Analysis, Income Tax

Unexplained Cash Credits: Who bears the burden of proof?

Section 68 of the Income Tax Act, deals with unexplained credit whose nature and source cannot be satisfactorily explained by the assessee. Section 68 is an effective tool in the hands of the assessment authorities to prevent the conversion of black money into any other amount such as share premiums or share capital and escape tax assessment.

Typically, penny stocks, which are shares traded at very low prices are used to convert black money into white. Prices of such stocks are often artificially manipulated, in order to make a huge gain and evade long term capital gains tax. In order to check such illegal practices, the government amended Section 68 through the Finance Act, 2012 and added two provisos which now required the assessee to prove the source of the source of investment.

The question which arose was that how would the assessee discharge this onus of proving the `nature and source’ of the unexplained cash credit. The judiciary has extensively dealt with this question. We through this post, would discuss the findings of the courts with respect to the burden of proof on the assessee vis-à-vis unexplained cash credits and how does the assessee discharge the same.

Section 68, in simple words Cash Credits states:

  • If the source of a sum of money credited to an assessee cannot be satisfactorily explained, then it is considered as taxable income for the previous year.
  • If the money invested is by a venture capital company or satisfactorily explained by the creditor to the assessing officer then it is not taxable income.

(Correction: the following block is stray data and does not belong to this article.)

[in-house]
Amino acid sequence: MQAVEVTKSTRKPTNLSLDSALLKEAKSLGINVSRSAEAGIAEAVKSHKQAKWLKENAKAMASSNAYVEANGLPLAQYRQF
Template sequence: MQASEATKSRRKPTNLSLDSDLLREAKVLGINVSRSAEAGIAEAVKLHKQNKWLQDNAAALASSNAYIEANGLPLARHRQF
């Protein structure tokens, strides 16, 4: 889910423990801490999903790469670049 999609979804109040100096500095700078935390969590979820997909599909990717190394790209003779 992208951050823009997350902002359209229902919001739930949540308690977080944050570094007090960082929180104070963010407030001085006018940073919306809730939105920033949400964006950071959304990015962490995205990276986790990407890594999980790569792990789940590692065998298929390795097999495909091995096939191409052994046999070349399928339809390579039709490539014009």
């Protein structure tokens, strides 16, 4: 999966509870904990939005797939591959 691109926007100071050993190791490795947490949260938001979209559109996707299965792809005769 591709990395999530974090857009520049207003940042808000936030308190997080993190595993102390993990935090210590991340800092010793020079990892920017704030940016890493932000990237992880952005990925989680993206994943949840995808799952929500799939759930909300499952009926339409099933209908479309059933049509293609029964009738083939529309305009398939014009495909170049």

The times and travels of the burden of proof

Simplifying the section does not mean that there is no ambiguity, the journey of the section through case laws provides an interesting insight on how the legal position has evolved.

Decided in favour of the assessee, as the assessing officer failed to prove that the investor was not creditworthy after the assessee had provided the identity details.

“Once the identity of the bogus investors is established the revenue department can re-open the assessment against these individuals.”

What this meant was that if the assessee provided the identity (name and PAN card details) of the investors, the burden of proof was on revenue. It would be their responsibility to assess the accounts of the identified investors and prove that the sum is undisclosed income.

Lovely exports ratio became diluted consequently, as many decisions were rendered by different courts, leaning towards the ICG test. This test required the assessee to prove not only the identity but also the creditworthiness of the investor and the genuineness of the transaction.

The initial onus on the assessee is to prove

  • the identity of the investor
  • the creditworthiness of the investor
  • the genuineness of the transaction.
  • if the onus is not discharged to the satisfaction of the revenue authorities, then the said income can be added to taxable income as per section 68.
  • revenue authorities need to investigate the identity and creditworthiness of the investor and genuineness of the transaction. If the identity and creditworthiness are doubtful, the transaction cannot be said to be genuine.